Sensory impairment (contralateral)


*Similar manifestations may result from brain parenchymal metastases or from tumors around the dura (eg, metastatic tumors; meningeal tumors such as meningiomas, sarcomas, or gliomas) or skull lesions (eg, granulomas, hemangiomas, osteitis deformans, osteomas, xanthomas) that compress the underlying brain.

Common Tumors

Age Group




Cerebellar astrocytomas and medulloblastomas


Gliomas of the brain stem or optic nerve


Congenital tumors*

Neuroblastoma (usually epidural)

Leukemia (meningeal)




Primary lymphomas

Gliomas of the cerebral hemispheres, particularly glioblastoma multiforme, anaplastic astrocytoma, low-grade astrocytoma, and oligodendroglioma

Bronchogenic carcinoma

Adenocarcinoma of the breast

Malignant melanoma

Any cancer that has spread to the lungs

*Congenital tumors include craniopharyngiomas, chordomas, germinomas, teratomas, dermoid cysts, angiomas, and hemangioblastomas.


Neurologic dysfunction may result from the following:

  • Invasion and destruction of brain tissue by the tumor

  • Direct compression of adjacent tissue by the tumor

  • Increased intracranial pressure (because the tumor occupies space within the skull)

  • Bleeding within or outside the tumor

  • Cerebral edema

  • Obstruction of dural venous sinuses (especially by bone or extradural metastatic tumors)

  • Obstruction of CSF drainage (occurring early with 3rd-ventricle or posterior fossa tumors)

  • Obstruction of CSF absorption (eg, when leukemia or carcinoma involves the meninges)

  • Obstruction of arterial flow

  • Rarely, paraneoplastic syndromes (see Paraneoplastic Syndromes)

A malignant tumor can develop new internal blood vessels, which can bleed or become occluded, resulting in necrosis and neurologic dysfunction that mimics stroke.

Benign tumors grow slowly. They may become quite large before causing symptoms, partly because often there is no cerebral edema. Malignant primary tumors grow rapidly but rarely spread beyond the CNS. Death results from local tumor growth and thus can result from benign as well as malignant tumors. Therefore, distinguishing between benign and malignant is prognostically less important for brain tumors than for other tumors.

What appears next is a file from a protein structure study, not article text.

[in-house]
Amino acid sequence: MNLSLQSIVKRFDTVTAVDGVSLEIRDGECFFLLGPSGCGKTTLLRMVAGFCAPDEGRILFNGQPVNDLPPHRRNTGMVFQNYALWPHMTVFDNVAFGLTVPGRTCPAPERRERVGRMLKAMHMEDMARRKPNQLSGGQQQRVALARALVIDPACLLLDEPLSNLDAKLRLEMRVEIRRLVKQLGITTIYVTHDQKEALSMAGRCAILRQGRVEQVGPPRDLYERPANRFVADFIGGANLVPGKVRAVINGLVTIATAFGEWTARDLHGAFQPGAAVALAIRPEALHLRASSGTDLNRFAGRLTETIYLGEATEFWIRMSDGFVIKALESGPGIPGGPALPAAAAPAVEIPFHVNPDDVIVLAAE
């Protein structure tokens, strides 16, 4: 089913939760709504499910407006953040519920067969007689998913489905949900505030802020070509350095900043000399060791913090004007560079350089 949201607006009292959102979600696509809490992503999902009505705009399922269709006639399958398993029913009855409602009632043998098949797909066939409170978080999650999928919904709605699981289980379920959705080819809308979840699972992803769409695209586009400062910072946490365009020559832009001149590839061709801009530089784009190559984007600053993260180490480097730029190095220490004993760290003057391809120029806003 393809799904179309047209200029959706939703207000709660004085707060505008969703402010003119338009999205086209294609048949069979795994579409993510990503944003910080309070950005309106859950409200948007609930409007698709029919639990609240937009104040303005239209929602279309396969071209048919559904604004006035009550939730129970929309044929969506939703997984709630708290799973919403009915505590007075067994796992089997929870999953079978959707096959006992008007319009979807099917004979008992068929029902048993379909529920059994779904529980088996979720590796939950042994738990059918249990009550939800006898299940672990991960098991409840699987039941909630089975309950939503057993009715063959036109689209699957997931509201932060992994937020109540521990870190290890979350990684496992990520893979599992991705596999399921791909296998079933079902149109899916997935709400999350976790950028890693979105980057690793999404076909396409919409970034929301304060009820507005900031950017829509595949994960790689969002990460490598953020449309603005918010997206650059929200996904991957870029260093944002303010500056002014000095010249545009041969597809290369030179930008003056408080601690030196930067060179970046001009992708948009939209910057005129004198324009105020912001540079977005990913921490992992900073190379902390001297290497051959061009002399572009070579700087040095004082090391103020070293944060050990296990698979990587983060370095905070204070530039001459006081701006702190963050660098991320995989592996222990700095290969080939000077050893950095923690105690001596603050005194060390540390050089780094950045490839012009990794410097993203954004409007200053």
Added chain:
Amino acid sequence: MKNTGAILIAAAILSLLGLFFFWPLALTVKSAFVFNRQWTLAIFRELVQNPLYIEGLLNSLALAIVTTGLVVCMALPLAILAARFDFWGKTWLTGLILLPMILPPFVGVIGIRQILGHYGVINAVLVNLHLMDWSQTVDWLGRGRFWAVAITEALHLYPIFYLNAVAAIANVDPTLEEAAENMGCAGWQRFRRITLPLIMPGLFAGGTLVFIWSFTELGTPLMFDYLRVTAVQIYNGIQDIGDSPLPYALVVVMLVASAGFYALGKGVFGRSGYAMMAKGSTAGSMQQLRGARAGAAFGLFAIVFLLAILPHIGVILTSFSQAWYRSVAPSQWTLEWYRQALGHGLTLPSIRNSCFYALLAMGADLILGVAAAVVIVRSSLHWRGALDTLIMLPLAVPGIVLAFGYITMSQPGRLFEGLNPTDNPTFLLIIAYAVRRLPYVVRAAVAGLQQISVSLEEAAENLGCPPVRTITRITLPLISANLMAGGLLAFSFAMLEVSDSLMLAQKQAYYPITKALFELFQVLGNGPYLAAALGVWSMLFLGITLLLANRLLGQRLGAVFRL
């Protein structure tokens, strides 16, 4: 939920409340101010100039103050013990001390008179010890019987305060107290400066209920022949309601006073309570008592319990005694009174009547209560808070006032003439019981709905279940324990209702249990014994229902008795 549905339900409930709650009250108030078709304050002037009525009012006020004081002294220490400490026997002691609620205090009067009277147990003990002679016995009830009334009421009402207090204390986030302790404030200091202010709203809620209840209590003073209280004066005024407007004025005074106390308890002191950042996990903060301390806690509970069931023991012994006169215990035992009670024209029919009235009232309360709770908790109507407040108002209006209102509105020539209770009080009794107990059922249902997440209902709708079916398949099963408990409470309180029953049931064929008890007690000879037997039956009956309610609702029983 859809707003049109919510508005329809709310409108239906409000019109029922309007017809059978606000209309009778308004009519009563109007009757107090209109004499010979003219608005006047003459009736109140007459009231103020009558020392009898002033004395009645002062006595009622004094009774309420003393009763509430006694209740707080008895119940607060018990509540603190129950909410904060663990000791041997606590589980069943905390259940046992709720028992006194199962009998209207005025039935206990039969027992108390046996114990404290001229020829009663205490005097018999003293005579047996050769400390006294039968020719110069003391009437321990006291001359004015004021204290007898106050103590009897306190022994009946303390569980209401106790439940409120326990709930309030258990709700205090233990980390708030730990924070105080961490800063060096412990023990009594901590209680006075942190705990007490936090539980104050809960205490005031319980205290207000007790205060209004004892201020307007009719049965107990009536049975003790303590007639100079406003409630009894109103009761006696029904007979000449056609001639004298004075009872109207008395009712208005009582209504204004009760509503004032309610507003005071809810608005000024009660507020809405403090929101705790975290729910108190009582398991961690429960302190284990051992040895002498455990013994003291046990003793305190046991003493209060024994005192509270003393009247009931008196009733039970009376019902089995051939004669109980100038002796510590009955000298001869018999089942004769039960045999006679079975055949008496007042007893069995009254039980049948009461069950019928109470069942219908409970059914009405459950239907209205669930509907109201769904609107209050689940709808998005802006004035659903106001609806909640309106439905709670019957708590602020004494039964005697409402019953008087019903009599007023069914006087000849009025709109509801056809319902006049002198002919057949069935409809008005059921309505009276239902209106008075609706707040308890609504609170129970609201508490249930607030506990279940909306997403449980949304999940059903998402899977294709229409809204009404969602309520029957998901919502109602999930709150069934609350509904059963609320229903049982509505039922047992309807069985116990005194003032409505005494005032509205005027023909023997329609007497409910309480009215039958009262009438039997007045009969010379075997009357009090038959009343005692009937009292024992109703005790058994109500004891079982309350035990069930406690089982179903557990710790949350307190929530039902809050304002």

Symptoms and Signs

Symptoms caused by primary tumors and metastatic tumors are the same. Many symptoms result from increased intracranial pressure:

  • Headache

  • Deterioration in mental status

  • Focal brain dysfunction

Headache is the most common symptom. Headache may be most intense when patients awake from deep non-REM sleep (usually several hours after falling asleep) because hypoventilation, which increases cerebral blood flow and thus intracranial pressure, is usually maximal during non-REM sleep. Headache is also progressive and may be worsened by recumbency or the Valsalva maneuver. When intracranial pressure is very high, the headache may be accompanied by vomiting, sometimes with little nausea preceding it. Papilledema develops in about 25% of patients with a brain tumor but may be absent even when intracranial pressure is increased. In infants and very young children, increased intracranial pressure may enlarge the head. If intracranial pressure increases sufficiently, brain herniation occurs (see Brain herniation.).

Deterioration in mental status is the 2nd most common symptom. Manifestations include drowsiness, lethargy, personality changes, disordered conduct, and impaired cognition, particularly with malignant brain tumors. Generalized seizures may occur, more often with primary than metastatic brain tumors. Impaired consciousness (see Coma and Impaired Consciousness) can result from herniation, brain stem dysfunction, or diffuse bilateral cortical dysfunction. Airway reflexes may be impaired.